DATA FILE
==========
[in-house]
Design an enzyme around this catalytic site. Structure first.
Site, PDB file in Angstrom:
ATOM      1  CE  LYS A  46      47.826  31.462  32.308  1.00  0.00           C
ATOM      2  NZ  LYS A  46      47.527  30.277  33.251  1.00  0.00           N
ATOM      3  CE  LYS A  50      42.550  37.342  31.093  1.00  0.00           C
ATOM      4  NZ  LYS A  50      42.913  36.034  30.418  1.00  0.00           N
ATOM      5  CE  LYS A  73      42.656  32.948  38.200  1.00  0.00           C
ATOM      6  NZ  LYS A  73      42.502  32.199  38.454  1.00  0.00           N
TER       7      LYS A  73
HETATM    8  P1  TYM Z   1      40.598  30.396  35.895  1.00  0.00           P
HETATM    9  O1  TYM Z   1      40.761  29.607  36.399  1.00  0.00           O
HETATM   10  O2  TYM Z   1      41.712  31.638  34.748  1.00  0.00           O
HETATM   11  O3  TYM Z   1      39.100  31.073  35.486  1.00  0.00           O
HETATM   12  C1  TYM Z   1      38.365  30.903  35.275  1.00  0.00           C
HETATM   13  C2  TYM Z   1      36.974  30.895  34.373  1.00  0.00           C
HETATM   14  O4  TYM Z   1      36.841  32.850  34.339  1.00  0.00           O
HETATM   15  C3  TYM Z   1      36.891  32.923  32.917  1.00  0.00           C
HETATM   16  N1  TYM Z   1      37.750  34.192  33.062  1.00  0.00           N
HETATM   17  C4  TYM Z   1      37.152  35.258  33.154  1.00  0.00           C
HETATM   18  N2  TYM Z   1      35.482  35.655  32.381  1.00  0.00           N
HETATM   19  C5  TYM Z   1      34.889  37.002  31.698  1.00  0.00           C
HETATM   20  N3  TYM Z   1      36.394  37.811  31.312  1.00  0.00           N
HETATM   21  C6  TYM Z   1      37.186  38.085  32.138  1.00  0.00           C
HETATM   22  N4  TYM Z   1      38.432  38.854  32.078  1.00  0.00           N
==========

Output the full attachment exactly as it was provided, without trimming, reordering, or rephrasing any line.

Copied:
[in-house]
Design an enzyme around this catalytic site. Structure first.
Site, PDB file in Angstrom:
ATOM      1  CE  LYS A  46      47.826  31.462  32.308  1.00  0.00           C
ATOM      2  NZ  LYS A  46      47.527  30.277  33.251  1.00  0.00           N
ATOM      3  CE  LYS A  50      42.550  37.342  31.093  1.00  0.00           C
ATOM      4  NZ  LYS A  50      42.913  36.034  30.418  1.00  0.00           N
ATOM      5  CE  LYS A  73      42.656  32.948  38.200  1.00  0.00           C
ATOM      6  NZ  LYS A  73      42.502  32.199  38.454  1.00  0.00           N
TER       7      LYS A  73
HETATM    8  P1  TYM Z   1      40.598  30.396  35.895  1.00  0.00           P
HETATM    9  O1  TYM Z   1      40.761  29.607  36.399  1.00  0.00           O
HETATM   10  O2  TYM Z   1      41.712  31.638  34.748  1.00  0.00           O
HETATM   11  O3  TYM Z   1      39.100  31.073  35.486  1.00  0.00           O
HETATM   12  C1  TYM Z   1      38.365  30.903  35.275  1.00  0.00           C
HETATM   13  C2  TYM Z   1      36.974  30.895  34.373  1.00  0.00           C
HETATM   14  O4  TYM Z   1      36.841  32.850  34.339  1.00  0.00           O
HETATM   15  C3  TYM Z   1      36.891  32.923  32.917  1.00  0.00           C
HETATM   16  N1  TYM Z   1      37.750  34.192  33.062  1.00  0.00           N
HETATM   17  C4  TYM Z   1      37.152  35.258  33.154  1.00  0.00           C
HETATM   18  N2  TYM Z   1      35.482  35.655  32.381  1.00  0.00           N
HETATM   19  C5  TYM Z   1      34.889  37.002  31.698  1.00  0.00           C
HETATM   20  N3  TYM Z   1      36.394  37.811  31.312  1.00  0.00           N
HETATM   21  C6  TYM Z   1      37.186  38.085  32.138  1.00  0.00           C
HETATM   22  N4  TYM Z   1      38.432  38.854  32.078  1.00  0.00           N